According to a new Visa report, some 109 million
Asia Pacific households are expected to go on an international
trip once a year by 2025, up 65% from 2015.
Over the same period, Visa's report, Mapping the
Future of Global Travel and Tourism in Asia Pacific, which
forecasts travel and tourism trends in the next 10 years (2015 to
2025), found average annual spending by households during a trip
is likely to rise 8% to US$5,230.
The report also identified key drivers expected
to impact global travel, including a growing middle class, greater
internet connectivity, improved transportation infrastructure
across many countries and an aging global population with more
time for leisure travel.
"Travelling internationally will
become more common and attainable in the future thanks to changing
demographics, combined with technology advances that make
travelling abroad easier and less expensive," said Wayne Best ,
Chief Economist, Visa Inc. "What will emerge is an expanding
travelling class that will spend a growing portion of their
household income on cross-border travel. Tomorrow's travelling
class will likely be older and hail from emerging markets -
looking very different from today's typical international
In Asia Pacific, households in mainland China
(US$255 billion), Hong Kong (US$47.4 billion) and Singapore (US$44.9 billion) are likely to be the top markets with the
largest outbound travel spend by 2025. However, emerging markets
Indonesia (211%), Vietnam (132%) and India (101%) are likely to be
experience the sharpest increases in spending.
spend among top five Asia Pacific markets (according to 2025
values) with households earning US$20,000 or more annually by
projected 2025 spend. Figures are based on constant 2015 prices.
Highlights of the global report include:
of New Global Travelling Class: Growing income levels around the
world is creating a new travelling class. The study uncovered
that worldwide, households that make at least US$20,000 per year
account for more than 90% of spending on international travel
today. By 2025, it is estimated that nearly half of all global
households (945 million) will be within this income range,
spurring greater international travel and spending, particularly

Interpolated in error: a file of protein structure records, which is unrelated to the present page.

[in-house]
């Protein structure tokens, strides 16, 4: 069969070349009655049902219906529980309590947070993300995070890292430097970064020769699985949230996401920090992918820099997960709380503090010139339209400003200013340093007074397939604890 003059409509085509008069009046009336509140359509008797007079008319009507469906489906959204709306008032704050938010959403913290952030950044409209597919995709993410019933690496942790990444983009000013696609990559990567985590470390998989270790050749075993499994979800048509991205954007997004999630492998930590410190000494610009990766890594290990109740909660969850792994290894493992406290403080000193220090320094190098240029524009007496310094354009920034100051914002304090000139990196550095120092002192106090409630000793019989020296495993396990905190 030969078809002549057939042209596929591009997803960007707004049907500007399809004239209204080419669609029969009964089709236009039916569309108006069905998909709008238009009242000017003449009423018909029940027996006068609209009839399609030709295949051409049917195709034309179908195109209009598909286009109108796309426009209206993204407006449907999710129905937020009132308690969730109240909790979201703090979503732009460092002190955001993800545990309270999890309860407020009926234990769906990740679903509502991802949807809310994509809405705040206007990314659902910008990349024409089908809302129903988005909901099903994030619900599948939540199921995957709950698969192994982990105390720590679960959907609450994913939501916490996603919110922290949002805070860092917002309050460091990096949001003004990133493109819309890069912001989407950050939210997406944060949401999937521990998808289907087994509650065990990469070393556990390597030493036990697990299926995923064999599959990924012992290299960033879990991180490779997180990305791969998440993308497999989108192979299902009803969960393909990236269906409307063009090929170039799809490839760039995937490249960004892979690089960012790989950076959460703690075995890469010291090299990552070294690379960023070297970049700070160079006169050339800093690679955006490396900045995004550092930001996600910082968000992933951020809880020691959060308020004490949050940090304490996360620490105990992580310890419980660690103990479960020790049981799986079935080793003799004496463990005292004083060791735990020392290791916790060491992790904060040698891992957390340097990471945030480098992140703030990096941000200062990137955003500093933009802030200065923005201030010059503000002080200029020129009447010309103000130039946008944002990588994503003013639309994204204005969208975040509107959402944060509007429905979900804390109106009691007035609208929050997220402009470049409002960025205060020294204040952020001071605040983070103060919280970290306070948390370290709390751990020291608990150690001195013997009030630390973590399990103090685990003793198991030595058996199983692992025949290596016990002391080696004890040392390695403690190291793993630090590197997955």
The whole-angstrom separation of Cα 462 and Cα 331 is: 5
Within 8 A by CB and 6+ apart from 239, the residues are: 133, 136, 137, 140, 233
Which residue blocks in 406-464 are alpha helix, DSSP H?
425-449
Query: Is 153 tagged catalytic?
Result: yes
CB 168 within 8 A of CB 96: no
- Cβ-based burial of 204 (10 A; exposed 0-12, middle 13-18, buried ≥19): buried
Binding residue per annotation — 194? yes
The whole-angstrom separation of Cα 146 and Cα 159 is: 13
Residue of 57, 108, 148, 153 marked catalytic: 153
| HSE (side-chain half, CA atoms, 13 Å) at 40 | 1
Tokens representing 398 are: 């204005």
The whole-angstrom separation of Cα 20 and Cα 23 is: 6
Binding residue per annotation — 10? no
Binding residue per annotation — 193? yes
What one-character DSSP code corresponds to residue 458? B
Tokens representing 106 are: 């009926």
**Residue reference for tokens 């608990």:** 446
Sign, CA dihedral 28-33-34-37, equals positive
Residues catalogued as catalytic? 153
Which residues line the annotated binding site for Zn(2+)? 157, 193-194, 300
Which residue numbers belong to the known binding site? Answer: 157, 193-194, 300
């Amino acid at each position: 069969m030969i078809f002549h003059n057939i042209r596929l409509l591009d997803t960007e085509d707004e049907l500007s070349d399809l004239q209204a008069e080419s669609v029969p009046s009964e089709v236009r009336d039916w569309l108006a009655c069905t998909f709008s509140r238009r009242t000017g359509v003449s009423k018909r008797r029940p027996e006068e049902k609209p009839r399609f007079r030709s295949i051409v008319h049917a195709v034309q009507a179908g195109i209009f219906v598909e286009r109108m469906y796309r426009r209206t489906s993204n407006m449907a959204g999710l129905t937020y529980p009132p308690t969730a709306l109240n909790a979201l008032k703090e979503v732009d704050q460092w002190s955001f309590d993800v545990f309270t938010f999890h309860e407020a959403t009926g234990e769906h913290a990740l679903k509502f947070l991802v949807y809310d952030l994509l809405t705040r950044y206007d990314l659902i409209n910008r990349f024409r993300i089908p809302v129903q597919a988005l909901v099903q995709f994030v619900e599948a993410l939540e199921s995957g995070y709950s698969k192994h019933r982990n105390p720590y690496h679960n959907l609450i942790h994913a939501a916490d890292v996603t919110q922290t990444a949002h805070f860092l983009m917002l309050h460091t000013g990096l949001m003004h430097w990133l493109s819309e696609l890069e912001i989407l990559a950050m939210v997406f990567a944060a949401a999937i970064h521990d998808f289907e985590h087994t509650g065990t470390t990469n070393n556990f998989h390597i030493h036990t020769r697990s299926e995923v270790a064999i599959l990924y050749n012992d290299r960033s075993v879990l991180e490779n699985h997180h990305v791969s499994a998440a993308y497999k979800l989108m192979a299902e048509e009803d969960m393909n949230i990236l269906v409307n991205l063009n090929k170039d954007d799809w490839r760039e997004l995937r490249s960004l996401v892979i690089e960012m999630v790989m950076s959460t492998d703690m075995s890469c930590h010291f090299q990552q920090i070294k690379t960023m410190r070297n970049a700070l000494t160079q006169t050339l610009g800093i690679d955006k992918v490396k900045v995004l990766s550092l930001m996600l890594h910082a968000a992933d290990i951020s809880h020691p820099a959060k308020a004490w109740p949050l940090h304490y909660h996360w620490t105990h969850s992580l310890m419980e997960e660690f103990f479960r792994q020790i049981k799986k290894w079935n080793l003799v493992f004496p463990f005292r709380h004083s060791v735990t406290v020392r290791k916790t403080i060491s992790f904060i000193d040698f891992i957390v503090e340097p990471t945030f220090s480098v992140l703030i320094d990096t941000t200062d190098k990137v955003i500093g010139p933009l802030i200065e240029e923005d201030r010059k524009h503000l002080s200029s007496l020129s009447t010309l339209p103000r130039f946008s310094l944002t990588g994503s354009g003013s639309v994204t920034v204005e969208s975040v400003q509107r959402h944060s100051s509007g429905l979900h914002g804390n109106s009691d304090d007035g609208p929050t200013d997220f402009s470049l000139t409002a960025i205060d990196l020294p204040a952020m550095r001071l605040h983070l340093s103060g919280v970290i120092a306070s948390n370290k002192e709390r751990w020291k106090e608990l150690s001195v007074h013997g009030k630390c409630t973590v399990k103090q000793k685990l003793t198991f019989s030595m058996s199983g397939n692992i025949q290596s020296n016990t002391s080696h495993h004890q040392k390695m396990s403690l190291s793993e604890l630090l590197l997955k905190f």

by households from emerging markets.
Global Aging: By 2025,
travellers aged 65 and above will more than double their
international travel to an estimated 180 million trips, accounting
for one-in-eight international trips globally. The study estimates
that older travellers will be able to afford longer trips that
provide greater comfort at higher prices. Trends such as medical
tourism whereby aging populations undertake international travel
for medical purposes will also take hold in the future.
Increasing Connectivity: The combined forces of globalisation and
technology are expanding access. Construction of more than 340
new airports is expected over the next decade, creating new routes
and destinations that will make international travel easier and
more convenient. At the same time, awareness of travel options is
spreading with the continued rapid uptake in internet access and the number
of mobile devices around the world. Digital connectivity is not
only fostering greater spontaneity in travel, but also spurring a
broader array of personalised travel and tourism options as well.
Visa estimates the number of households
travelling internationally by comparing Visa-branded cardholders
in a given country who have made at least one face-to-face
transaction abroad versus the population of all active cardholders
in the source country. The figures were adjusted to be
representative of the source country's population regardless of
payment methods used by households. The propensities were then
used as an input in the forecasts developed by Oxford Economics
for the study.
Oxford Economics used survey data on the age and
income of the international travelers from a sample of 10
countries to calculate international travel frequencies and share
of travel by age bracket and income class. The results were
extrapolated to a broader set of countries based on their
classification as developed or emerging markets and key variables
such as GDP per capita and total international arrivals per
capita. The estimated travel shares were then compared with each
country's household income distribution and age distribution to
develop a historical relationship from which to project
international travel shares and volumes by income class and age
bracket from 2005 to 2025.
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